The media play a critical role in recording civil unrest, political events, including protests and demonstrations and, where it arises, police wrong doing. It is of grave concern that an armed, diplomatic officer of the Metropolitan Police Force felt it was appropriate to call these journalists ‘scum’ and stop them from working and was happy to do so in full knowledge that he was being filmed. My clients were physically prevented from reporting on protest and political unrest of international importance.

These are just two of the many cases that journalists – with support from the NUJ – have taken on to defend media freedom. For many the Independent Police Complaints Commission (IPCC) route is a non-starter. Many photographers have found the IPCC to be far from independent and highly bureaucratic.

Bottom line, when the police act outside the law and attack human rights and media freedoms by physically attacking media workers then the police should be held to account for such actions. It seems that Sir Paul Stephenson has other ideas.

Is this about cost-cutting in the short term or is it a more calculated strategy to give his officers a freer hand when policing the public reaction to the political and economic shockwaves of the coalition governments austerity measures. And to remove those that will give that movement the oxygen of publicity?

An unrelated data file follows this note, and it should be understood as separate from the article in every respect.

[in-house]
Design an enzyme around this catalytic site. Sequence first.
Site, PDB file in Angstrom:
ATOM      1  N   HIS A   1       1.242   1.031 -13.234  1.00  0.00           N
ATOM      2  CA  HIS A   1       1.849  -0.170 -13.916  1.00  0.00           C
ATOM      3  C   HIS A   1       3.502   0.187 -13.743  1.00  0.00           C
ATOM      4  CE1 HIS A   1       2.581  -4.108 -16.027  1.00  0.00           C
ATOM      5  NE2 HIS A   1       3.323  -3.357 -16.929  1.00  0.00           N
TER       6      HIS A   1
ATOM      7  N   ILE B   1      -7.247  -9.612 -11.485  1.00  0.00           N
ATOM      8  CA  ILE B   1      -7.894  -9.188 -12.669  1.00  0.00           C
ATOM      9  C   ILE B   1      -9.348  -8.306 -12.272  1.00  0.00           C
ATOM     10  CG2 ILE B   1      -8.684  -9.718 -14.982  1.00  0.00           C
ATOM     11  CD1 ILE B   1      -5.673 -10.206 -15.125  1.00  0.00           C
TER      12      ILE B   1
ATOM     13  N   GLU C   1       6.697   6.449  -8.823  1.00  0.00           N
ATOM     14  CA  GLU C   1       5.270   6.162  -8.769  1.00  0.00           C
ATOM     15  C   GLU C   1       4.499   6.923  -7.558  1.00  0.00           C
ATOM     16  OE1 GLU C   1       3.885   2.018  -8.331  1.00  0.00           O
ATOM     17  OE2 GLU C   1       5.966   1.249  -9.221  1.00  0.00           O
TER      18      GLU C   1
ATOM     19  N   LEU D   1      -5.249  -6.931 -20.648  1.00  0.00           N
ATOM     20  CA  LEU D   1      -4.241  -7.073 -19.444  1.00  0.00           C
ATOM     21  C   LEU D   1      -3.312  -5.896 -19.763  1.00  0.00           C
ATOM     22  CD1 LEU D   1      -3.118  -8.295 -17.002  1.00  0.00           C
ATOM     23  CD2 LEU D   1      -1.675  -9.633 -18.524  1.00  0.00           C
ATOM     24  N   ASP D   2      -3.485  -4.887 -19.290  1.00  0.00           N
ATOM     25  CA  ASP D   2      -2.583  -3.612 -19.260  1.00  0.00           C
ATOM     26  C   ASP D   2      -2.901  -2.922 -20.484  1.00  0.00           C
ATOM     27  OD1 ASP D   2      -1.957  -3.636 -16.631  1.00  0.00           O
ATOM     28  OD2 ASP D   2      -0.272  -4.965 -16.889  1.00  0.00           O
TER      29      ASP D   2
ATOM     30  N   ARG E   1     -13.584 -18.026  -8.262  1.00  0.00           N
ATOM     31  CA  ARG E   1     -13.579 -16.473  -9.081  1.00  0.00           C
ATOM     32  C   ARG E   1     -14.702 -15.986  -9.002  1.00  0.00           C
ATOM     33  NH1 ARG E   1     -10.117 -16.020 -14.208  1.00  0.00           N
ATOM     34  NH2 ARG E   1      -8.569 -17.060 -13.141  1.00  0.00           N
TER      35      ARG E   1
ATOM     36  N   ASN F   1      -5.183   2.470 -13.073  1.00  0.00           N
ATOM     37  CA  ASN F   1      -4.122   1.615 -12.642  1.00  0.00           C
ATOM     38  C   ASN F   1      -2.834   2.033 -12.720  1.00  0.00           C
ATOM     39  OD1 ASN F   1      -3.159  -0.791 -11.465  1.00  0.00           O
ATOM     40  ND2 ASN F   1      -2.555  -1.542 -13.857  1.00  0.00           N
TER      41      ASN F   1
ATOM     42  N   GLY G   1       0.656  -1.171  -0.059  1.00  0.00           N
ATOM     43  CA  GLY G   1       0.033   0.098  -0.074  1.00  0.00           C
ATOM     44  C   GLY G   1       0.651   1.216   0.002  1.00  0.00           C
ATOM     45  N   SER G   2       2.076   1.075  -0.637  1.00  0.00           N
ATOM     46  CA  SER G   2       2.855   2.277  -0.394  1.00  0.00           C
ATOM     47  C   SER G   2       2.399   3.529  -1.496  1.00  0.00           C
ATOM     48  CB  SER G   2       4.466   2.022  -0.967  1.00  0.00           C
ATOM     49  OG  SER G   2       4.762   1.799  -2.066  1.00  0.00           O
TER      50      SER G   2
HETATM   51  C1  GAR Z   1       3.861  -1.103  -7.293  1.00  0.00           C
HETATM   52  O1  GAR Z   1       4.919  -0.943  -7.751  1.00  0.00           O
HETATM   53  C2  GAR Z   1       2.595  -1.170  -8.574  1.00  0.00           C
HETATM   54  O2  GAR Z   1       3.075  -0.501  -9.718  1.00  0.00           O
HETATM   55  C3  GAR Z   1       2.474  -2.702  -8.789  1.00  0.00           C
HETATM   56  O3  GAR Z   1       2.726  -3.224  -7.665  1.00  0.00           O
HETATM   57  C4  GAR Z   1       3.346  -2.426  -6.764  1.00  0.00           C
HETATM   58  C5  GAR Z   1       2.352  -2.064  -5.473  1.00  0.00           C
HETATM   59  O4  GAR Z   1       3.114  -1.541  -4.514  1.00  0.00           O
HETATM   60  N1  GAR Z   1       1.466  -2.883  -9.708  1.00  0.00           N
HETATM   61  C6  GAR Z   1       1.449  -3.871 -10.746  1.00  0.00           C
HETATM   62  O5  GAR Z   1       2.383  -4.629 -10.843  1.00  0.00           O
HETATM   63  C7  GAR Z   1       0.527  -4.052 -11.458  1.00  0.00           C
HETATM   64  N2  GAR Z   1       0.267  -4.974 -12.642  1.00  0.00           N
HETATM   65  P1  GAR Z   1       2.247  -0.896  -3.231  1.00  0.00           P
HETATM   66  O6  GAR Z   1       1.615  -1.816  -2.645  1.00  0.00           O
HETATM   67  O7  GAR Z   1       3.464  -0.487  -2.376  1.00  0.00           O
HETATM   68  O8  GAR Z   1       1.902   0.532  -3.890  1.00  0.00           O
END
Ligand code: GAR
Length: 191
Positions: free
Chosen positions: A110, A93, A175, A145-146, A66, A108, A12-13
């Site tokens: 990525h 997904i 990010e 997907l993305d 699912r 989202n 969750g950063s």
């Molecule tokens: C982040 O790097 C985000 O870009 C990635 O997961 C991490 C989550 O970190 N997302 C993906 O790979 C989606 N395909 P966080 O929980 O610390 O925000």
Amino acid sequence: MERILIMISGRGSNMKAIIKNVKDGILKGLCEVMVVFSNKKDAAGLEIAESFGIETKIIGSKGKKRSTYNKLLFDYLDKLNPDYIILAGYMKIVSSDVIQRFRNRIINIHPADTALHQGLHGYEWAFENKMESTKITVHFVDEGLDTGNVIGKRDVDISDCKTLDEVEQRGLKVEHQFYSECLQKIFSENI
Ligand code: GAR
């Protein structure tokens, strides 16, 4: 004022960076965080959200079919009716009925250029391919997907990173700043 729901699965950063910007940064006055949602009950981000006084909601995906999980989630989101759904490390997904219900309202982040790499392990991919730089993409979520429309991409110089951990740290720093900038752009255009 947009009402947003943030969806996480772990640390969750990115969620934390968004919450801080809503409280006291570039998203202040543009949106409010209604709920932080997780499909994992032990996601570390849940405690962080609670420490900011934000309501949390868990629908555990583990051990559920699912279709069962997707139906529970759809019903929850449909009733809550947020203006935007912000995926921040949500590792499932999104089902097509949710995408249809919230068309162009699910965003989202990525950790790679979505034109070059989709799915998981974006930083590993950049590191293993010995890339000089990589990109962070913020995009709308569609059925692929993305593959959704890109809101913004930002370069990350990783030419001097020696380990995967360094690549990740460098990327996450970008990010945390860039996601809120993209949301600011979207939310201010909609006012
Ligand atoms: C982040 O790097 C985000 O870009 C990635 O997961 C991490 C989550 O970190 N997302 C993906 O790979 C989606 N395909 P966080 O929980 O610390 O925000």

Marc Vallée is a freelance photojournalist and the branch’s Legal Rep.

Photographers, Lawyers & Campaigners Rally for Change

14th April, 2010

Hostile Reconnaissance rally on Civil Liberties, Terror Laws & Press Freedom in Friends Meeting House. Image © Rude Cech 2010

Last night saw the fantastic Hostile Reconnaissance rally take place as 200 people filled the Large Meeting House of Friends Meeting House in Euston.

The rally heard from across the spectrum of journalists and photographers with accounts of journalists being harassed by police whilst working, being forced to erase images under the threat of arrest, detention on trumped up charges of ‘a breach of the peace’ and forced removal from covering protests using public order legislation.

The panel, chaired by London Photographers’ Branch chair Jess Hurd, included lawyer Chez Cotton, photojournalist and PHNAT organiser Marc Vallee, civil liberties columnist Henry Porter, photographer Pennie Quinton, NUJ General Secretary Jeremy Dear and law academic Keith Ewing.

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Hostile Reconnaissance

13th April, 2010

The London Photographers’ Branch is proud to announce a pre-election rally on Terror Laws, Civil Liberties & Press Freedom at 7pm on the 13th of April at Friends Meeting House in Euston.

The rally will be chaired by photographer Jess Hurd and we’ve got a top lineup of speakers who have dealt with the raft of terror laws that we face today:

Supporting the rally are the National Union of Journalists, NUJ London Central Branch, London Freelance Branch and the I’m a Photographer, Not a Terrorist! campaign group.